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True crime is a media genre of growing popularity, and also of growing controversy. Recent media production has sparked debate over how the genre affects the public's perception on crime, as well as how it affects the victims family. I wanted to discover how true crime media can be a genre that helps the public more than it hurts, and offers information and education rather than romanticization of terrible people and events, and discover all the ways that it can cause harm, so we can learn how to stop and understand the parts that can be harmful. Research was conducted through internet and library sources to find primary and secondary sources. Lived experiences, social media posts, and studies of effects and media consumption were all examined. It was concluded that true crime media has the potential to be both helpful or extremely harmful, depending on the way that producers of the media choose to frame the killers and the crimes. If crime is not glamorized, and the victims stories are chosen to be displayed accurately over the priority of money and views, then the media genre has the potential to educate and examine mistakes and prejudice made by the justice system, especially towards people of color, and prevent them from happening in the future. It's important for viewers of true crime to consume this media responsibly, and it's even more important for producers of this media to stay accurate, respectful, and not glamorize the crimes that they portray. Unfortunately, there is little to be done about placing regulations on this kind of media, so it's crucial that true crime lovers boycott or avoid media that can be disrespectful, unproductive, or inaccurate. Producers of this kind of media should also be required to share a percentage of the media's income with victims' families.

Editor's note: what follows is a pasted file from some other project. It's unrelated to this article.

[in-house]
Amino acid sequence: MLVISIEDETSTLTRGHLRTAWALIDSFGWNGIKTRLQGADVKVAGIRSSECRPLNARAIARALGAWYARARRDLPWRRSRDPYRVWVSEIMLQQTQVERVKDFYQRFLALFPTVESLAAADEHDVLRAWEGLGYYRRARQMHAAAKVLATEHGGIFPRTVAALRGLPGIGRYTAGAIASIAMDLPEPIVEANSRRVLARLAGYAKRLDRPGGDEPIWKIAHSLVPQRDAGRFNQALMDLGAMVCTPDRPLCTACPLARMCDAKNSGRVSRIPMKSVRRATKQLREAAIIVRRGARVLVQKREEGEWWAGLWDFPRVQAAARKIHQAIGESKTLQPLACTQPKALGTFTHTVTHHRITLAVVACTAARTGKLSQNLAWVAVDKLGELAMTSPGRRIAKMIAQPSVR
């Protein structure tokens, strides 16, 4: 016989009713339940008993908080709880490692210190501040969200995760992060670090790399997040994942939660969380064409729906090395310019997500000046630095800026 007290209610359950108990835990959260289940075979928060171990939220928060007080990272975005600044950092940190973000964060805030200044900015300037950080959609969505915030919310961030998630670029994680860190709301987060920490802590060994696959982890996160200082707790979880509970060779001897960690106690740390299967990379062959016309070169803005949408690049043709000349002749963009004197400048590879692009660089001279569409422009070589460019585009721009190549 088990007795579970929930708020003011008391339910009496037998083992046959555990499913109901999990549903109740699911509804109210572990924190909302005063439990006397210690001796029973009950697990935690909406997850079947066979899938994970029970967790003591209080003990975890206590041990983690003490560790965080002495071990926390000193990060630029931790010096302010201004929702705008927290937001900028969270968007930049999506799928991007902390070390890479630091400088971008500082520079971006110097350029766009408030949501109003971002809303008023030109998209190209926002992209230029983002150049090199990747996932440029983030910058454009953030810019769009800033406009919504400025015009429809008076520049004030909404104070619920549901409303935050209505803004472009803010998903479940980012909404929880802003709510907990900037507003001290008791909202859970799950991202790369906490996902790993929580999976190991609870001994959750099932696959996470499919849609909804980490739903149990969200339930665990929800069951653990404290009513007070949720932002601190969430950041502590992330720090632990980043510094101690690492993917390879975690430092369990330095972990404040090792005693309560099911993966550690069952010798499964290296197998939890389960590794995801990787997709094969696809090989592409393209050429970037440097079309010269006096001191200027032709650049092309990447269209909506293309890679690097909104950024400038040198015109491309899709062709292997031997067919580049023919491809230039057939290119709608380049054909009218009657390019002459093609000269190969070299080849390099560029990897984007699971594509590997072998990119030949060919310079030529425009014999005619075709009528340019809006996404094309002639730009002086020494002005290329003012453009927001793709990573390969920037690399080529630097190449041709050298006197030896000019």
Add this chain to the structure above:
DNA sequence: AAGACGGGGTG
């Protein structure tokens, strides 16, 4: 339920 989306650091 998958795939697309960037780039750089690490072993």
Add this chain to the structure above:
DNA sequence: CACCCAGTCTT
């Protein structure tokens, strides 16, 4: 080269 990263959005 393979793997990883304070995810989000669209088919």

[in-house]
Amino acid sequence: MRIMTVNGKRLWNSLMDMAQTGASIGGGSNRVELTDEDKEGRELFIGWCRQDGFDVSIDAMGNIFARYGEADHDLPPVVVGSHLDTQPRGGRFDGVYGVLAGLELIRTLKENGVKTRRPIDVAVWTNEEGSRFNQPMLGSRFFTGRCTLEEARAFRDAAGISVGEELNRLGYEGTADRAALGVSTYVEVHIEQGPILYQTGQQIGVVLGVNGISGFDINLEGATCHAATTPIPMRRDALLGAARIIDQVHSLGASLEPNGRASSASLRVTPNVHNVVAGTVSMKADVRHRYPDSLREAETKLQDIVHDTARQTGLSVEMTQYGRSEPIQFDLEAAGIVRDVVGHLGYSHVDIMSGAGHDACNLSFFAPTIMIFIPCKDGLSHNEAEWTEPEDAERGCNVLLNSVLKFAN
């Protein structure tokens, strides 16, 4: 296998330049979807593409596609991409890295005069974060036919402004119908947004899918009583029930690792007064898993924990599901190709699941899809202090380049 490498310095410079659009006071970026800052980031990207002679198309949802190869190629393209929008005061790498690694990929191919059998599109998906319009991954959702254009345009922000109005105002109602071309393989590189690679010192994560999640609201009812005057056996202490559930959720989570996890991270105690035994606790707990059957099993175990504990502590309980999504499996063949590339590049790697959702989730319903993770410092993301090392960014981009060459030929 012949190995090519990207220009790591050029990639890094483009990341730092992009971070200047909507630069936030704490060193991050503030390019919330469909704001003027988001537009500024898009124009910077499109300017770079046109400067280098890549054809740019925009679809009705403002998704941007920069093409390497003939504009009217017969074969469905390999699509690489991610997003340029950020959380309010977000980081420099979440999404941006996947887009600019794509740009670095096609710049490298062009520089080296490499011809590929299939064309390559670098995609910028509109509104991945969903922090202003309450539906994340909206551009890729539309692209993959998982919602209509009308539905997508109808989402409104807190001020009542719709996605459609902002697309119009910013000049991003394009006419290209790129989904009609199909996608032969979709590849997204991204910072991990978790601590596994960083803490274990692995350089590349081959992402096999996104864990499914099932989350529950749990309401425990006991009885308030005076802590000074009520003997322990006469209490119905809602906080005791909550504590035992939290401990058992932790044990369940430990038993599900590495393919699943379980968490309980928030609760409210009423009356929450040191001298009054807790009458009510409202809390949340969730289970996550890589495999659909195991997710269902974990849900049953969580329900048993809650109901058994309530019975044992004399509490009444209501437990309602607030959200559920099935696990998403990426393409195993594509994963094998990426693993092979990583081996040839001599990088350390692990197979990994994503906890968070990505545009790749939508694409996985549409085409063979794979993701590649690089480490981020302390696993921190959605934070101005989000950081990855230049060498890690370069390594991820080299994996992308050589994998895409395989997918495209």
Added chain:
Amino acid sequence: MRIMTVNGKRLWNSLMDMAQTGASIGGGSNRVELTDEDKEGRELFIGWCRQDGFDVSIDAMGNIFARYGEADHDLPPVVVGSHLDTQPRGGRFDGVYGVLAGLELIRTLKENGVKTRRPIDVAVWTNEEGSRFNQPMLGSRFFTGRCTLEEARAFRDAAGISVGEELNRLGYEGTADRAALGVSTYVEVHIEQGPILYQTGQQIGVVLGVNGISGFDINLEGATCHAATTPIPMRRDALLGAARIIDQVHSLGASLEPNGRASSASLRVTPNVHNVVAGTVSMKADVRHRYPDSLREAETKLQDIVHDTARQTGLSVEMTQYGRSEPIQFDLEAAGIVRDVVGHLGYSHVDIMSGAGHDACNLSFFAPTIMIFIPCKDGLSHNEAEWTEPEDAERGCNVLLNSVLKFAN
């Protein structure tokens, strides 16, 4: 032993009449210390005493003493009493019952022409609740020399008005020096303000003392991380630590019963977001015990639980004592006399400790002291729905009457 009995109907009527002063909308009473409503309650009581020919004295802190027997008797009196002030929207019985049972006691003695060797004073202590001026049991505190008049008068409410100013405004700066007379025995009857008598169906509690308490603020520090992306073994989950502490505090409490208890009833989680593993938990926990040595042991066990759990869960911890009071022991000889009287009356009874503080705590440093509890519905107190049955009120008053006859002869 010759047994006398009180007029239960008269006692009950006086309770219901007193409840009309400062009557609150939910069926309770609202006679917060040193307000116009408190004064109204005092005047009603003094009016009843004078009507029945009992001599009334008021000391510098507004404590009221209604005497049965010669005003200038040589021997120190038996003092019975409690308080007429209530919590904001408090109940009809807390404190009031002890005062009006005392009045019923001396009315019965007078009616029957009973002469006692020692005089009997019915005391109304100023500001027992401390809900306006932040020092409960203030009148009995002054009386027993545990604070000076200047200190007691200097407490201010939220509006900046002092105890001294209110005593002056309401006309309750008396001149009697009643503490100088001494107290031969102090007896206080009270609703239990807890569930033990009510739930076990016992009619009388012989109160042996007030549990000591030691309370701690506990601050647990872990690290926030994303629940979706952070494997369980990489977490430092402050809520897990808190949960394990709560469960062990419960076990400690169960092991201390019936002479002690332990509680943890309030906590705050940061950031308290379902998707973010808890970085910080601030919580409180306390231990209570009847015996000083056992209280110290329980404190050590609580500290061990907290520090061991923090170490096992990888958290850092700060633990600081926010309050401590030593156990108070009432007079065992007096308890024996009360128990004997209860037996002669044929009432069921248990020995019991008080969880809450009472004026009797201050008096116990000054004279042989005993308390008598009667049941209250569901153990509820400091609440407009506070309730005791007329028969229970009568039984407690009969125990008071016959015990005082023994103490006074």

Publication Date



Logan, UT


controversy, prejudice, public perception, true crime media


Social and Behavioral Sciences

The Effects of True Crime Media